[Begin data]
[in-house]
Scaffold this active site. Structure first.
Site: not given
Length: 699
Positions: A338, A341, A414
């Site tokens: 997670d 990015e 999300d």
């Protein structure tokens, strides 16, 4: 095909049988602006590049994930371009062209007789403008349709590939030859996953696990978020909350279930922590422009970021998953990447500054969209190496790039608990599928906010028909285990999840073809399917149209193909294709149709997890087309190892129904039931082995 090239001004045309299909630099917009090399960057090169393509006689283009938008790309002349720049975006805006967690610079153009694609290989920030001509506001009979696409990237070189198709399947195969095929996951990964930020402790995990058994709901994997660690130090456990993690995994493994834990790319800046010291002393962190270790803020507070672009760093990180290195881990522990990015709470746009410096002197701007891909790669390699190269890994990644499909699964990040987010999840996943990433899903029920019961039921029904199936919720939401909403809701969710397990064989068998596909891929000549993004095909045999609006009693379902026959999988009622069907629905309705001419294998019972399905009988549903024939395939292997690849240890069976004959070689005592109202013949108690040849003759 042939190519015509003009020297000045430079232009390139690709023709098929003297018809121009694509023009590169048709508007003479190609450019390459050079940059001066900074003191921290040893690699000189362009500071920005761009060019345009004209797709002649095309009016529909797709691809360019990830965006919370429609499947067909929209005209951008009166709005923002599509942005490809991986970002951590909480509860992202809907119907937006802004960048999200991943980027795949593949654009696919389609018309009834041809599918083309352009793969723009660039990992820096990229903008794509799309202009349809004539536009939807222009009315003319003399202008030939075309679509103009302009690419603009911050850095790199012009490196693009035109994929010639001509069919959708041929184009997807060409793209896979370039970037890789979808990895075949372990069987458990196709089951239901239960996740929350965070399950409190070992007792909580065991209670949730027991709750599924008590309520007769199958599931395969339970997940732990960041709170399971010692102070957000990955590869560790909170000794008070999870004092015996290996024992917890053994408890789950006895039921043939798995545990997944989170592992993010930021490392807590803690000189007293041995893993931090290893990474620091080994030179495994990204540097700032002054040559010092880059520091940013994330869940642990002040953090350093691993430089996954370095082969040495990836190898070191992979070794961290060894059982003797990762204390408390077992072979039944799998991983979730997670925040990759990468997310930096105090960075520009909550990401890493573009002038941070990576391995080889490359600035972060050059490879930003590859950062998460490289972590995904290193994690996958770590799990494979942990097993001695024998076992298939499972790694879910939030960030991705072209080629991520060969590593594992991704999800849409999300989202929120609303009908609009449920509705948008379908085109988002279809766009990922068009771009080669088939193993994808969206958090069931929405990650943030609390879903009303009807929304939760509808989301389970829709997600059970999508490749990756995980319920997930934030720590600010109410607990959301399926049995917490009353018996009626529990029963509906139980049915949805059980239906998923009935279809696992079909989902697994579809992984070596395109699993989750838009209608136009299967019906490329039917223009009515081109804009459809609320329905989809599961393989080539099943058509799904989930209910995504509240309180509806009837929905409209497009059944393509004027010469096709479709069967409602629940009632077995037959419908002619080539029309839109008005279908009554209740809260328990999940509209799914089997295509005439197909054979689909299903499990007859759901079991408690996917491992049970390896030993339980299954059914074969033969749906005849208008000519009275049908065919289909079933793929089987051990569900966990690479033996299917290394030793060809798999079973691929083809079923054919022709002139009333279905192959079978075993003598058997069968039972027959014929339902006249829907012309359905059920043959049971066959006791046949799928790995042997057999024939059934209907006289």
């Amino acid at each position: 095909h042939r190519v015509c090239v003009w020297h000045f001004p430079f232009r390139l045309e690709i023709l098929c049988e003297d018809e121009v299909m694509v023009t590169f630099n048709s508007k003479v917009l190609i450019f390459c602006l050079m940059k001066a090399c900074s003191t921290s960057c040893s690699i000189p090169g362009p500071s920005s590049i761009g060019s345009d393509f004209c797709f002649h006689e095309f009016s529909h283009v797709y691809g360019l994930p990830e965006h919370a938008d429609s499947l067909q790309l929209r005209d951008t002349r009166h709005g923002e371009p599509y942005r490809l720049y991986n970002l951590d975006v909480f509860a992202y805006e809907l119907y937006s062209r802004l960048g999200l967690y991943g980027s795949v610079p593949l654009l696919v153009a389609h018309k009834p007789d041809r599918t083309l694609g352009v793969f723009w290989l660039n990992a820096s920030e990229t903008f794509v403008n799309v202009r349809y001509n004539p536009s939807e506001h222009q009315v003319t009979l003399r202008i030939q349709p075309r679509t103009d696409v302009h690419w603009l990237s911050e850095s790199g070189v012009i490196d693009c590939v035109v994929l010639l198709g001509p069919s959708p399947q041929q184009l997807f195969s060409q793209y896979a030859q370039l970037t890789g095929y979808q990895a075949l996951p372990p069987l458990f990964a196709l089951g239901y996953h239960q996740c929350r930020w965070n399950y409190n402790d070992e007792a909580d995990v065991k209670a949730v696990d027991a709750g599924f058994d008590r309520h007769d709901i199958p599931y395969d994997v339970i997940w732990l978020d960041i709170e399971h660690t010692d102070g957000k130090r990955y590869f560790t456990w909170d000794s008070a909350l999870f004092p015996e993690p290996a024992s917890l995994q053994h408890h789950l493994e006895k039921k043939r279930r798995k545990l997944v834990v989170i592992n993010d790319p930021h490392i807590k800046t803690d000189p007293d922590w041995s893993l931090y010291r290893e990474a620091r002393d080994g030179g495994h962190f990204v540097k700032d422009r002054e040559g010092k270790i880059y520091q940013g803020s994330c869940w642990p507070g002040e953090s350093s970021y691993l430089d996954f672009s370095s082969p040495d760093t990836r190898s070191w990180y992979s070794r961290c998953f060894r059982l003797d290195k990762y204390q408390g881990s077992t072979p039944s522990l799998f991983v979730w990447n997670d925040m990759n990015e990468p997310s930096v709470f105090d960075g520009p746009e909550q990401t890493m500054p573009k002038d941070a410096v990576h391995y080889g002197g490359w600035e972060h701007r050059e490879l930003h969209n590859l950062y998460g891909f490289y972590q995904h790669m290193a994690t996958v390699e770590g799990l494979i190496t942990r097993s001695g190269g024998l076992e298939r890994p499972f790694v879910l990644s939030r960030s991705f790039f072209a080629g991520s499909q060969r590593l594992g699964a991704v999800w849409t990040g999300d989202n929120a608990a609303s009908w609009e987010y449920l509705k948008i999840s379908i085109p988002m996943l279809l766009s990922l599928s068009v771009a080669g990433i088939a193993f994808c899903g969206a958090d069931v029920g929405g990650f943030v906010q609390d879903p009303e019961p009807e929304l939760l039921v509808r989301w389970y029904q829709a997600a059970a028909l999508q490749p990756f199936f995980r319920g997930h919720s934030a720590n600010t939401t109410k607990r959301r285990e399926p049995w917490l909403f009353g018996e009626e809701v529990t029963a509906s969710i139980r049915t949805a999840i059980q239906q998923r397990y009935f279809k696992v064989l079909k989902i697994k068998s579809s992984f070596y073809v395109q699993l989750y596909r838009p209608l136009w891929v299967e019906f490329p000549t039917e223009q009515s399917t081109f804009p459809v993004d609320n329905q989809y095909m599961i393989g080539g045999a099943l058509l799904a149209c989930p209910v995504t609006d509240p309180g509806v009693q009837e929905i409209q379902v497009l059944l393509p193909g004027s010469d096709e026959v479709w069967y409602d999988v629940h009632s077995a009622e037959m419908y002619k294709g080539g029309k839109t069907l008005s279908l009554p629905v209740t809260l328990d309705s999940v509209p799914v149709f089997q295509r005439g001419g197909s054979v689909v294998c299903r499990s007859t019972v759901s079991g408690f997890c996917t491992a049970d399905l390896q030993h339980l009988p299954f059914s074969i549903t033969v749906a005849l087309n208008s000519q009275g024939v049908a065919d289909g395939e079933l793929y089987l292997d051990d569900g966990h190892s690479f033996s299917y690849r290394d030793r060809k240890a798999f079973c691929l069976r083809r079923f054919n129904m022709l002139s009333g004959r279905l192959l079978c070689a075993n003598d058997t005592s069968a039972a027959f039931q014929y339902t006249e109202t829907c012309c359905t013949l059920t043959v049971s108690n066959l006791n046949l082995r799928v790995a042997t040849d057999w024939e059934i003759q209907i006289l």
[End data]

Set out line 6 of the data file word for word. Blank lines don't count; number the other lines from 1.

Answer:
């Site tokens: 997670d 990015e 999300d």